Northwestern Parke County — The stream merely trickles beneath Mill Creek Bridge. It’s just a few inches deep, but the water keeps moving.
I escaped to this remote corner of Parke County on the eve of its famed Covered Bridge Festival. The million-plus tourists it draws annually weren’t visible here, at least not yet. Besides, Mill Creek’s small, 106-year-old covered bridge lies off the festival’s beaten path in a county beloved for being off the world’s beaten path. It measures a modest 92 feet long, but unlike some of the county’s other 30 bridges, the Mill Creek span still handles vehicular traffic. It’s scenic and functional.
I evacuated busier civilization to experience a couple hours away from constant updates on Congress’ shutdown of the federal government. The threats, blaming, denials of accountability, disrespect and mean-spirited jabs couldn’t be heard at Mill Creek. Man’s only contribution to the sounds came in the form of a humming, distant grain dryer, and the rattle of the bridge as pickup trucks crossed over.
The drivers, mostly farmers in well-worn ballcaps, waved as they passed. Birds jabbered back and forth, walnuts tumbled in bunches from the treetops, bouncing off the bridge’s metal roof. Beetles and bees zinged around my car as I sat on the hood, punching the keys of my laptop.
You have to wonder if the senators and representatives in Washington enjoy the noise spawned by their dysfunctional behavior, or whether they’re ever at peace when not hearing the sound of their own voices. They’re human, like all of us, susceptible to intoxication by power and the presumption of being right. They can easily find a chorus of supporters, bonded through cable TV shows, talk radio and Internet blogs, urging these men and women sitting in congressional seats to “make a stand, and don’t give in.” They wouldn’t have survived the extensive wrangling, compromise and negotiation the Founding Fathers endured as they pieced together the Constitution.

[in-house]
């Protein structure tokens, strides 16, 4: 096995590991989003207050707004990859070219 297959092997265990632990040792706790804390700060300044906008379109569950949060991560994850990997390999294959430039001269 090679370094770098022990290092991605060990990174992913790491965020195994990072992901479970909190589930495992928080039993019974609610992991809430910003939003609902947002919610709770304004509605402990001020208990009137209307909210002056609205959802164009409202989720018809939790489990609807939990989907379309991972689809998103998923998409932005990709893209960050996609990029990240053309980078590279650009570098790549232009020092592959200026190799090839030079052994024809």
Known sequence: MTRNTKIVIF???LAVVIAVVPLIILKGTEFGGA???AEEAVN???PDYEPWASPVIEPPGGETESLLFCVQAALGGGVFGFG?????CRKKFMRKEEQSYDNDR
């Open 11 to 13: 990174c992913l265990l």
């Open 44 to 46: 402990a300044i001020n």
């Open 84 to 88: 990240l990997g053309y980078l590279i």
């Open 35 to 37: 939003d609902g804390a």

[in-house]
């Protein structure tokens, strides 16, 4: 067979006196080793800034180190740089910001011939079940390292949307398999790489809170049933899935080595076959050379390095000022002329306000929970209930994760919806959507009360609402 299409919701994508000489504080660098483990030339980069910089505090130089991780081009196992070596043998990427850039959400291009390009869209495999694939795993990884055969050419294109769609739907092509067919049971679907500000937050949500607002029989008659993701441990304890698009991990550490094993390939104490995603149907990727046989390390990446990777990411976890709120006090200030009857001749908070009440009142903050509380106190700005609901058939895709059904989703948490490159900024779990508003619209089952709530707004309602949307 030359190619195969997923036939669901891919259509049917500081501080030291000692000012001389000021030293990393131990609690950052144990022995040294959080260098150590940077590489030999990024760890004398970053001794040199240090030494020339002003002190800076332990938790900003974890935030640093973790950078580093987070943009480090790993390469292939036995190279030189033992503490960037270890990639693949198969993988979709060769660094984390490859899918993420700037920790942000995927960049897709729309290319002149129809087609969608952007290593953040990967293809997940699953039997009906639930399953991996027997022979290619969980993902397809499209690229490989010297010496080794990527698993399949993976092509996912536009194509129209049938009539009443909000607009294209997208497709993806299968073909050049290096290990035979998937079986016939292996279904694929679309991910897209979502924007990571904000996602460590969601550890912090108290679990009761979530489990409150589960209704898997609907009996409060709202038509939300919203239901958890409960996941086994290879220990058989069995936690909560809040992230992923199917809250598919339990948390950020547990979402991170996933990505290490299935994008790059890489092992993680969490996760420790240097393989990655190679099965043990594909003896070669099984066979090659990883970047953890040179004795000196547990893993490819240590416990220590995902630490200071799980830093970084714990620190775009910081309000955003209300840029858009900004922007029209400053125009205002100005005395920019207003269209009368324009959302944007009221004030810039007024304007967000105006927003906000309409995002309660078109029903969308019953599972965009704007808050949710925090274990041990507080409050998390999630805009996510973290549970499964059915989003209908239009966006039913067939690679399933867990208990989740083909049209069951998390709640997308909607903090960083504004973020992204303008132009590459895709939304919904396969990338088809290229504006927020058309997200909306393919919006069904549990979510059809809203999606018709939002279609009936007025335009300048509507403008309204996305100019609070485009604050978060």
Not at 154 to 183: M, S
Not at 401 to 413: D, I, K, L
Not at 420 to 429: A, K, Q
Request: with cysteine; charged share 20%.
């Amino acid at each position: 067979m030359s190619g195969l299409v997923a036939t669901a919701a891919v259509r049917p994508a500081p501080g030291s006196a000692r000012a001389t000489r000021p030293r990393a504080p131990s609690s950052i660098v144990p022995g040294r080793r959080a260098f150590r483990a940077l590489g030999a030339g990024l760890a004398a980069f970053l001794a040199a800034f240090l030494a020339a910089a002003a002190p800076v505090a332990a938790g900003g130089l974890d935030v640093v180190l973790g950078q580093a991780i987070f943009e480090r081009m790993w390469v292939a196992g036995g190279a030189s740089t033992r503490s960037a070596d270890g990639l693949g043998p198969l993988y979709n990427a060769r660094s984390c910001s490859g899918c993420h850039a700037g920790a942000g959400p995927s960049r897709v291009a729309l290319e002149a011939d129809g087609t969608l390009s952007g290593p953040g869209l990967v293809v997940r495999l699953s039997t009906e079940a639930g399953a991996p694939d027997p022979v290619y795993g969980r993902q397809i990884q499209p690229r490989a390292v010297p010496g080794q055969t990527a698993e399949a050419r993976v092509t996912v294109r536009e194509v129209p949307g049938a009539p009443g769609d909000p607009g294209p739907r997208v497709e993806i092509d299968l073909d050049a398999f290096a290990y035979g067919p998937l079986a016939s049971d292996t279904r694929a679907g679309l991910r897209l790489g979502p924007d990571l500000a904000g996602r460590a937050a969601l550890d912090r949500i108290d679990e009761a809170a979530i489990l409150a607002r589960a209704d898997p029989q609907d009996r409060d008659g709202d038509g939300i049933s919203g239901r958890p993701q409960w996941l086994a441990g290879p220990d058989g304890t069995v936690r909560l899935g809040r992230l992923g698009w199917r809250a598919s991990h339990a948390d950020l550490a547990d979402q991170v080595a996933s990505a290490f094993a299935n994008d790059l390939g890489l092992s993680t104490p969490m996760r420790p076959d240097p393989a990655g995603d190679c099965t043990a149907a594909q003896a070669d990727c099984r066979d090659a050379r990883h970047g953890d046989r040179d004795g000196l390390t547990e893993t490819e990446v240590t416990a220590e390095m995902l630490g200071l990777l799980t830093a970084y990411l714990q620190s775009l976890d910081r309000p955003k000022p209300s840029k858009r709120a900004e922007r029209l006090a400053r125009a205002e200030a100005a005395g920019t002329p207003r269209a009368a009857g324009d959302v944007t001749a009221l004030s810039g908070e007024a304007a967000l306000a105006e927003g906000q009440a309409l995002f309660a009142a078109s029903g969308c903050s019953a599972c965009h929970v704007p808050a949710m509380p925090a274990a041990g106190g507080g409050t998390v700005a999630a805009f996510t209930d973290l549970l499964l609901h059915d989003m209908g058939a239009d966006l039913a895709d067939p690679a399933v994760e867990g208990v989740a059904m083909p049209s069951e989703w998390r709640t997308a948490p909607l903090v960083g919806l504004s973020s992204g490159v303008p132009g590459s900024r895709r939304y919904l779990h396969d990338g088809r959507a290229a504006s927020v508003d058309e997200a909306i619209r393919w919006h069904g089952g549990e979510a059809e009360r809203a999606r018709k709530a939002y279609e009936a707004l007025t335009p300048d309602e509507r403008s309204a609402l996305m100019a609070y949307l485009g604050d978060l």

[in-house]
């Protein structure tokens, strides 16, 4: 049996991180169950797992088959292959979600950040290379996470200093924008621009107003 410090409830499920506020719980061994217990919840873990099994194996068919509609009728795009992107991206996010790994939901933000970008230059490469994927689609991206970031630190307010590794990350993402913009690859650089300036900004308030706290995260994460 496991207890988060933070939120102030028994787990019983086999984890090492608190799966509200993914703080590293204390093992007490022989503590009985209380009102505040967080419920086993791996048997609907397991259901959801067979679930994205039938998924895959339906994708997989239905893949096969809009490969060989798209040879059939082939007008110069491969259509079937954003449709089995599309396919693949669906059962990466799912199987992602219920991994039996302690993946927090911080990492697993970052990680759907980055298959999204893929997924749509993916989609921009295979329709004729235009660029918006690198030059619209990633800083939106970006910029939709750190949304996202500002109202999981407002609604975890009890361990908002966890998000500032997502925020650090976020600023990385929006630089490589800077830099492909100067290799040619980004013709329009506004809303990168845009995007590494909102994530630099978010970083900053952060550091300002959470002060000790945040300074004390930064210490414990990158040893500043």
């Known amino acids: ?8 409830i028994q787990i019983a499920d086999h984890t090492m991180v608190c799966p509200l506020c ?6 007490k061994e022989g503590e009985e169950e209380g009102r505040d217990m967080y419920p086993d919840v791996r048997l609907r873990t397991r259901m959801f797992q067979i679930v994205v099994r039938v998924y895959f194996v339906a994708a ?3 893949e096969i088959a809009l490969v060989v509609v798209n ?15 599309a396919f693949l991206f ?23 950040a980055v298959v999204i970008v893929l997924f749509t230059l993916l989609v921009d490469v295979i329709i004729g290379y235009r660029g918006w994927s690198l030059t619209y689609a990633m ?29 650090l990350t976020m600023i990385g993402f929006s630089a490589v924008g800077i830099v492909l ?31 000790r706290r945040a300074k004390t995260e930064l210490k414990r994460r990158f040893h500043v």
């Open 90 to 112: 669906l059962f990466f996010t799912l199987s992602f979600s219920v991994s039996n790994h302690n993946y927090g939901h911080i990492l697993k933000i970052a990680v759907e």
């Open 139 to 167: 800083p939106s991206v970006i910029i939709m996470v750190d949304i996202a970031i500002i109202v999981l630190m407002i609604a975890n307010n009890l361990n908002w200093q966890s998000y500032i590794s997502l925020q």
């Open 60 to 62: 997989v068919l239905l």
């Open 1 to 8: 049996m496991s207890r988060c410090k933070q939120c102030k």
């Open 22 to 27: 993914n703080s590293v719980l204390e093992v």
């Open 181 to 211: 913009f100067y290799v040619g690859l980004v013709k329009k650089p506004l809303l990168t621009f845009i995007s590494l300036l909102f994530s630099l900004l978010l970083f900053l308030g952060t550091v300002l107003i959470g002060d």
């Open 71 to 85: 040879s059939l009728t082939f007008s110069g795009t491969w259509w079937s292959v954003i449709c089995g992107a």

In 1907, when the Mill Creek Bridge was built by D.M. Brown, the actions of the Founding Fathers didn’t seem quite so long ago. America was a youthful 131 years old then. Teddy Roosevelt occupied the Oval Office. A generation later, his face graced Mount Rushmore, alongside Washington, Jefferson and Lincoln. Time passes quickly. Someday, our current legislators’ angry chatter and apocalyptic warnings about the Affordable Care Act will be lines in a high school history book, like those uttered by opponents of Social Security in the 1930s. Some saw it as the end of the United States of America, as they knew it. Maybe it was.
On this quiet, half gravel, half pavement country road, surrounded by woods and farmland, there are a few reminders of the right way for humans to behave. Three signs greet motorists as they approach the white-and-red covered bridge. “Load Limit 3 Tons.” “Warning: Flooding Possible.” “One Lane Bridge.” People apparently have accepted those rules. The bridge is still standing, still handling pickups and accidental tourists. Neighbors and strangers, alike, appreciate and respect its utility and simple beauty. It keeps working, day after day, because the creek below keeps flowing, sometimes high and sometimes low, and folks need to get from one side to the other.
It’s time to head back to the city, now. The radio will undoubtedly apprise me of the latest counterpunches thrown in Washington’s crisis-of-the-month soap opera. Those lawmakers hundreds of miles from the rural simplicity of Parke County need to seek out their own silent spot, remember that their feverish arguments and dire predictions will fade someday, and entertain the possibility that they just might not be completely right. They face a choice, as we all often do, to cling to a rock in the stream of change or go with the flow toward the next bridge and new pressing issues.
Regardless of their decision, this creek will, barring divine intervention, still be trickling on a warm October afternoon 106 years from now, as plummeting walnuts splash into its waters.
Mark Bennett can be reached at 812-231-4377 or firstname.lastname@example.org.